Reckless Self-Endangerment and Christianly Courage

“The rise of the internet must ultimately kill off organized religion”…or so the common wisdom goes. Thanks to a new generation of fedora-clad Redditors equipped with Microsoft Paint and rich imaginations, new Bible loopholes are being uncovered that threaten to expose the absurdity of Christianity. These Valiant Defenders of Truth and Reason are sagely raising critiques that somehow escaped the attention of two thousand years of systematic theology. Or something. Take this gem:


The image makes three implicit assertions. I’ll respond to each.

1. The Christian belief in heaven ought to entail an eagerness to die. (Corollary: Since most Christians don’t appear eager to die, their belief in heaven lacks sincerity.)

This assertion baldly ignores Scripture’s robust teachings on virtue, suffering, sacrifice, and meekness – opting instead to project a simplistic brand of secular hedonism onto the Christian’s conception of heaven. The idea seems to be something along the lines of, “heaven will be pleasurable, therefore Christians should be trying to seize this pleasure as quickly and directly as possible.” This kind of reasoning may be the marching song of our modern age, but it is so bluntly at-odds with the teachings of Jesus as to be an absurdity.

2. A Christian can conceal his motives from God. (Corollary: Reckless self-endangerment with the sole intent of achieving death isn’t, therefore, equivalent to suicide.)

Psalm 139:1-6. And I think that about covers it.

3. Scripture is silent on the matter of “reckless self-endangerment”. (Corollary: Reckless self-endangerment isn’t immoral.)

Scripture actually does touch on this issue (Matthew 4:5-7).

Tightrope walking over shark-infested waters for the purpose of dying cannot be justified on the Christian view. Even so, this assertion raises some interesting questions. Under what conditions, if any, can reckless self-endangerment be morally justified? How do these conditions differ from those of an individual who lacks a belief in the afterlife?

Again, Scripture provides us with answers. Christians are called to emulate Christ (Matthew 16:24-25), who himself laid down his life for humanity (Mark 10:45). In stark contrast with the man who believes that existence ceases with death, the Christian actually has rational justification for placing his life in peril to aid his fellow man. He feels compelled – joyously compelled – to throw himself into a churning river to save the life of a stranger. He fights for noble causes and he bears the burden lightly, knowing that life is a precious yet fleeting thing, and that everyone will ultimately be held accountable for their actions. The Christian must, in the words of Chesterton, “desire life like water and yet drink death like wine.”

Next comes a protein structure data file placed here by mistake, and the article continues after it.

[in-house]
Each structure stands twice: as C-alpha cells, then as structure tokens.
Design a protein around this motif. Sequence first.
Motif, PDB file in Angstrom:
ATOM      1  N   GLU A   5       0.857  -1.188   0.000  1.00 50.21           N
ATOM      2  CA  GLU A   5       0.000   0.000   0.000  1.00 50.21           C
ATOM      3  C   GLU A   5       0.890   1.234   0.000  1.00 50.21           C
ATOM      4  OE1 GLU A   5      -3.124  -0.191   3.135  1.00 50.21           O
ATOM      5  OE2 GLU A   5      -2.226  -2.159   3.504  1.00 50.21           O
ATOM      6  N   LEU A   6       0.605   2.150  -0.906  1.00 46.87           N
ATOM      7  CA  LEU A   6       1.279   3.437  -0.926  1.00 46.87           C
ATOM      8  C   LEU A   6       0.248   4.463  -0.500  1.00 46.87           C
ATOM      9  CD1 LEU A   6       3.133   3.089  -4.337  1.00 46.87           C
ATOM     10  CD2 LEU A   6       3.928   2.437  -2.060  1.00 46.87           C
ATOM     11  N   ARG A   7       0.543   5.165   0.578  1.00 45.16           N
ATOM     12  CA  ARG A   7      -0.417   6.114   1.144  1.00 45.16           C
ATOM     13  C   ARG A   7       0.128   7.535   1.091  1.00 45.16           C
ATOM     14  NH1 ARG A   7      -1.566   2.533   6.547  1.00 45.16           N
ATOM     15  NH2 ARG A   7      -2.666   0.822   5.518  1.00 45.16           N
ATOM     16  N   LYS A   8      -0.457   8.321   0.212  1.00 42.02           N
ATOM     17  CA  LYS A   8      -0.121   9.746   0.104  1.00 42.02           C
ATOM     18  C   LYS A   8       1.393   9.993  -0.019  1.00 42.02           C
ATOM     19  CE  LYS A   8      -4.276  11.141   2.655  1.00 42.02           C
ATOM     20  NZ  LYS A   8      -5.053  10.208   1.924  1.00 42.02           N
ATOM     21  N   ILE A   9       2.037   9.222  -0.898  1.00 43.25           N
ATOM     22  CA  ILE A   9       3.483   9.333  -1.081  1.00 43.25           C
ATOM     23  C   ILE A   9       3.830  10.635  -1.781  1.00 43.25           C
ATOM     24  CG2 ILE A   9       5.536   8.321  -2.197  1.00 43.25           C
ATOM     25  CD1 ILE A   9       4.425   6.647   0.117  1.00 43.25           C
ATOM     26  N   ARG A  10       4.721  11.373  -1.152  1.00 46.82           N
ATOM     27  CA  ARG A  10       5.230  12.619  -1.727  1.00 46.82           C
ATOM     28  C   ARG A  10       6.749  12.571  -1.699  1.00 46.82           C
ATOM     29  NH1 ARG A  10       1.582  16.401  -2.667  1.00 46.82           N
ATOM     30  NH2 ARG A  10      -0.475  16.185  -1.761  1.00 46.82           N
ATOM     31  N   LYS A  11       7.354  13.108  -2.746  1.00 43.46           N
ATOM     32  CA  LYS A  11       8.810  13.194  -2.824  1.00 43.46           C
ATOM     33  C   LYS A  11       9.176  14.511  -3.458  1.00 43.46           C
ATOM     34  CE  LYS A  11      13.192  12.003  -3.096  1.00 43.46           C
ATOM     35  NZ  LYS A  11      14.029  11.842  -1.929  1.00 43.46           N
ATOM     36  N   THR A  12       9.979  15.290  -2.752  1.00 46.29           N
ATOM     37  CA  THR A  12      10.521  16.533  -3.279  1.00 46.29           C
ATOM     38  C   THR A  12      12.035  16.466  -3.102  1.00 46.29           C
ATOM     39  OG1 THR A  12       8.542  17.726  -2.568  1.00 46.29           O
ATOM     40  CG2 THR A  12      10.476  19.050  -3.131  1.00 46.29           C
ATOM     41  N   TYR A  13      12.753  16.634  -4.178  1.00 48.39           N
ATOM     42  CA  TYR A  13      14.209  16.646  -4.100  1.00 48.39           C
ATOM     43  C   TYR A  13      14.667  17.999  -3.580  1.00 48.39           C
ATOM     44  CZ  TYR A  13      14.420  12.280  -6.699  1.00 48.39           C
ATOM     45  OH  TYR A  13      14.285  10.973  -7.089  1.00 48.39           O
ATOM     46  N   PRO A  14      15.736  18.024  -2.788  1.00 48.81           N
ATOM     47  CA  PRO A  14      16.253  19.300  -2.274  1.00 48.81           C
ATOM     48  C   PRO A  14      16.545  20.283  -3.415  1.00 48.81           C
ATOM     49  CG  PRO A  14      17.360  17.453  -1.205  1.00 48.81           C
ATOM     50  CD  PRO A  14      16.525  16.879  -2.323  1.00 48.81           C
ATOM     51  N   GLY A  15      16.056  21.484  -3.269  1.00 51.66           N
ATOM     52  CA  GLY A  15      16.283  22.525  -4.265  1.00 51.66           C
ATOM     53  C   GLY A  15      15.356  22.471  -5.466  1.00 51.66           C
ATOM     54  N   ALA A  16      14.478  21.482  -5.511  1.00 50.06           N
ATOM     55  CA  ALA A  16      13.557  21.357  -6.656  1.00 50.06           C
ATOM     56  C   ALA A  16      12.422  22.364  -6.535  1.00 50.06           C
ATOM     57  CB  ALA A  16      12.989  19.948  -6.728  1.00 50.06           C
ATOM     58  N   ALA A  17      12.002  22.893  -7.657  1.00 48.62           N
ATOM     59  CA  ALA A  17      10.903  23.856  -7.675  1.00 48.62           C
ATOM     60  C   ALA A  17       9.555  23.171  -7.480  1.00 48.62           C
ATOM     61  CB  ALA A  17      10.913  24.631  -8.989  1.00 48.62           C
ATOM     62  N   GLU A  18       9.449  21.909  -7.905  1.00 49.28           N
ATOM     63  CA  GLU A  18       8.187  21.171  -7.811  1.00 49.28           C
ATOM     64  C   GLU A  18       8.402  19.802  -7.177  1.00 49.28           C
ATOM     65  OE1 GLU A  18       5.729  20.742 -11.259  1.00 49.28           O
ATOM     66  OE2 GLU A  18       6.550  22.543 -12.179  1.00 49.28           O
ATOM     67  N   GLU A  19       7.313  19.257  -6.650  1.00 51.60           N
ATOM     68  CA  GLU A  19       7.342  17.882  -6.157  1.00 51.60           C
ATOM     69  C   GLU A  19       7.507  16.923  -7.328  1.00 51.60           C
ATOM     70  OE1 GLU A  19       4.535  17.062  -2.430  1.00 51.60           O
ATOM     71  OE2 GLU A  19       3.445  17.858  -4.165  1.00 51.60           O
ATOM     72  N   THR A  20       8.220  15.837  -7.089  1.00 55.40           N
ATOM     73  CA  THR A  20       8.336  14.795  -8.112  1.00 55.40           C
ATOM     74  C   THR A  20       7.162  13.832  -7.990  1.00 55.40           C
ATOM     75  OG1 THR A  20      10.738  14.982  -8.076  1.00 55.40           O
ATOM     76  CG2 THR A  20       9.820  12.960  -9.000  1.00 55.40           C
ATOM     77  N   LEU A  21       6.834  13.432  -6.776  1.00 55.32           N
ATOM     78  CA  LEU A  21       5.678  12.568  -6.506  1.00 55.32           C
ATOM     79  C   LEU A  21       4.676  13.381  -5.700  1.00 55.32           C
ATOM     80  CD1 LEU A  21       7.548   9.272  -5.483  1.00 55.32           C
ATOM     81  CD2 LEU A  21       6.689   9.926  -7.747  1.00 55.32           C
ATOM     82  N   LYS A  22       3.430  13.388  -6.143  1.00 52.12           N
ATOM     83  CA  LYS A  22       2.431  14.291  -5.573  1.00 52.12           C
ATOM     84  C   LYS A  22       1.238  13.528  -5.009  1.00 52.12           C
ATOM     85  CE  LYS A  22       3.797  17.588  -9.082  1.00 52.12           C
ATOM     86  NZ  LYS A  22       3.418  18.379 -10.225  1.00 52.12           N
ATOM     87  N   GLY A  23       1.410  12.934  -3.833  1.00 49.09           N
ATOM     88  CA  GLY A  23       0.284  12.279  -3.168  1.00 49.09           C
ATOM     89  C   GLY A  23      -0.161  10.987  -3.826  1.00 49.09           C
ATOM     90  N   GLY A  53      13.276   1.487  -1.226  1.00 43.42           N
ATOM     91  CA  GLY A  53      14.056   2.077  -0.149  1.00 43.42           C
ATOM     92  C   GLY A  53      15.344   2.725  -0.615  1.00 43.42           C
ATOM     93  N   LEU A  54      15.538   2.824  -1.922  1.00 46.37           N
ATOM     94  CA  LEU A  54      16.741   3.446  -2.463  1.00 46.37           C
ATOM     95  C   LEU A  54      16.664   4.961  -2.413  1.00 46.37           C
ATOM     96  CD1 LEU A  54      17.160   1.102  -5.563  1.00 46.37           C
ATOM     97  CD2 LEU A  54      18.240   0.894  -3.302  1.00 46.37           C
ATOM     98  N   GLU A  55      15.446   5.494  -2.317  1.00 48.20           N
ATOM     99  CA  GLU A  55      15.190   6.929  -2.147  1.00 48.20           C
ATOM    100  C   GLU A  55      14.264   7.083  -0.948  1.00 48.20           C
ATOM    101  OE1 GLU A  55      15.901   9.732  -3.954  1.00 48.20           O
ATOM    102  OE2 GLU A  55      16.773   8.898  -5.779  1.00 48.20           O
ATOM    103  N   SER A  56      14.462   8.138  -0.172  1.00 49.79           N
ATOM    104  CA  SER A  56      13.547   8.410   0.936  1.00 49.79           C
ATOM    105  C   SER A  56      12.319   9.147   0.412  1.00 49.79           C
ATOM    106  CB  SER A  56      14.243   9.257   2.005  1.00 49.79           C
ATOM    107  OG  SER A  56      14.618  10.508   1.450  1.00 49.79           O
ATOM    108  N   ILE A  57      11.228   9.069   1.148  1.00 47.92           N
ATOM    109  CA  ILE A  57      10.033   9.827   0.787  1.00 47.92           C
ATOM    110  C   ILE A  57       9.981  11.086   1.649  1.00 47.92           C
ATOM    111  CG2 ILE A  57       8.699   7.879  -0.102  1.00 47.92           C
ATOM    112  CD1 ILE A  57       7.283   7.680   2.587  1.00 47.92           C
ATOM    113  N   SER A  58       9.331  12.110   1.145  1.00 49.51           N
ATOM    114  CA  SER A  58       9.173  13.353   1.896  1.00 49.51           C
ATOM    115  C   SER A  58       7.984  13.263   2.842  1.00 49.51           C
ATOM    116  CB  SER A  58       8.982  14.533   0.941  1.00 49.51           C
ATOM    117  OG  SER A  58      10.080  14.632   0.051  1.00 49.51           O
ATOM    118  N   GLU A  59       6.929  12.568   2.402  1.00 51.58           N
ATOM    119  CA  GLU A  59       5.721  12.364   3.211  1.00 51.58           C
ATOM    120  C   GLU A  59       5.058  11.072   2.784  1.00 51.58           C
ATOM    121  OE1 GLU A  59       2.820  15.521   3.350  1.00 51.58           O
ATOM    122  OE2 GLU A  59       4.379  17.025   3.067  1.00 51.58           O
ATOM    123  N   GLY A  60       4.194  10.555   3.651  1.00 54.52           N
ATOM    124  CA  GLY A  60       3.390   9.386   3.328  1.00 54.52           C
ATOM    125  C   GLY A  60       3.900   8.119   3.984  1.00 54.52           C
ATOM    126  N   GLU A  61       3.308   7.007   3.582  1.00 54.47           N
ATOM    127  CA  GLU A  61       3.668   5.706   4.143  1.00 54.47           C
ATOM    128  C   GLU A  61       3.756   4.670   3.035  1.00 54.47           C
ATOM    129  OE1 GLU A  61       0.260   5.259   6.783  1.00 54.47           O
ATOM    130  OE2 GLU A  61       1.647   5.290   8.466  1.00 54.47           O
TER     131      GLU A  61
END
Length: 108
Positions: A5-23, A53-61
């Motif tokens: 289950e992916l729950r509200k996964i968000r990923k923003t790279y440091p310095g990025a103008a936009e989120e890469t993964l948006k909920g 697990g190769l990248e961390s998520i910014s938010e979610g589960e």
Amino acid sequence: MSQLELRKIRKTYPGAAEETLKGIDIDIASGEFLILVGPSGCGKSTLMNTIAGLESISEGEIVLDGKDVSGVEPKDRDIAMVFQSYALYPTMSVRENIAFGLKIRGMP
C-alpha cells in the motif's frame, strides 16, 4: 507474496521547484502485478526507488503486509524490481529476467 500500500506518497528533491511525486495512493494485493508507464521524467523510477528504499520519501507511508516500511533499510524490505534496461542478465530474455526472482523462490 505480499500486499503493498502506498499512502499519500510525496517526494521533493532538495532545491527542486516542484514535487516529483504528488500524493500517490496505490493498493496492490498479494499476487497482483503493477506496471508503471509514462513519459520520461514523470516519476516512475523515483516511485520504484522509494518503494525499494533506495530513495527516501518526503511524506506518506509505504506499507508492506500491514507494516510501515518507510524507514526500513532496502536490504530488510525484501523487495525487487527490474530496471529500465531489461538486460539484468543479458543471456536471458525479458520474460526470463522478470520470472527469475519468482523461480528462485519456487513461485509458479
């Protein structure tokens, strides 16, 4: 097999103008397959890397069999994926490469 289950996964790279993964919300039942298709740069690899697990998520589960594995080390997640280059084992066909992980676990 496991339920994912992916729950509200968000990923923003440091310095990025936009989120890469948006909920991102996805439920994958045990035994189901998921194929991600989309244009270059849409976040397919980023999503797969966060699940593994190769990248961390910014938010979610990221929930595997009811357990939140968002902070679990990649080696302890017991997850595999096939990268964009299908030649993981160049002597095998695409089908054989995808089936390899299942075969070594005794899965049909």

Many are quick to point out how faith can be perverted (“religion flies planes into buildings” and so forth), but slow to acknowledge the abundant examples of faith being harnessed to advance the causes of liberty, justice, and equality. Genuine faith entails a love of life and peace with death. Hence the soft-spoken Christian woman who casually purchases a one-way ticket to a leper colony.

Of course, none of this is to say that nonbelievers can’t also act heroically (or that Christians will always act heroically). What it does show is that Christianity, by its very nature, lends itself to heroism.

And speaking of heroism, happy Independence Day!


7 thoughts on “Reckless Self-Endangerment and Christianly Courage

  1. I would go as far as saying that reckless self endangering after invoking the protection of God (like Nick Walenda) is an act of tempting/provoking God.

  2. Hi Matt,

    “implicit assertions” – You see implicit assertions, I see a straw men.

    Number 1. I think you’d need to show that some atheists are making your point (1), otherwise it is just a straw man you have erected to knock down. Do you have evidence atheist really think this? If it’s all your own invention it actually belittles any sensible objection you might have to the image.

    Numbers 2 and 3 I think you also make up. No atheist I know gives two hoots what scripture says, because it’s meaningless text from a bygone age. You might get some like John Loftus or Richard Carrier interested. Being most generous to your points you might have some atheists who really think that Christians really think they can fool God; but since there is no God the point is already lost on atheists anyway.

    As an atheist I would read it this way.

    First on death itself. Death is a natural event. Suicide or reckless activity are just optional ways of getting there. I might lament the mental torture that a suicide is going through that might make him wish to give up on life, but maybe he has good reasons, and it’s his life anyway. When you’re dead that’s it, so he’ll have no regrets. His family and friends might. If he has any. Long and miserable terminal illnesses seems like a good reason for suicide. Reckless events may be a means of achieving levels of excitement not found any other way. Of course if you die doing this, you’re dead, and you won’t regret the death; but generally I’d have though reckless people would want to continue for further excitement. Maybe there are cases where there’s a bit of both. The excitement helps numb some mental anguish, send if death occurs then the anguish is over anyway.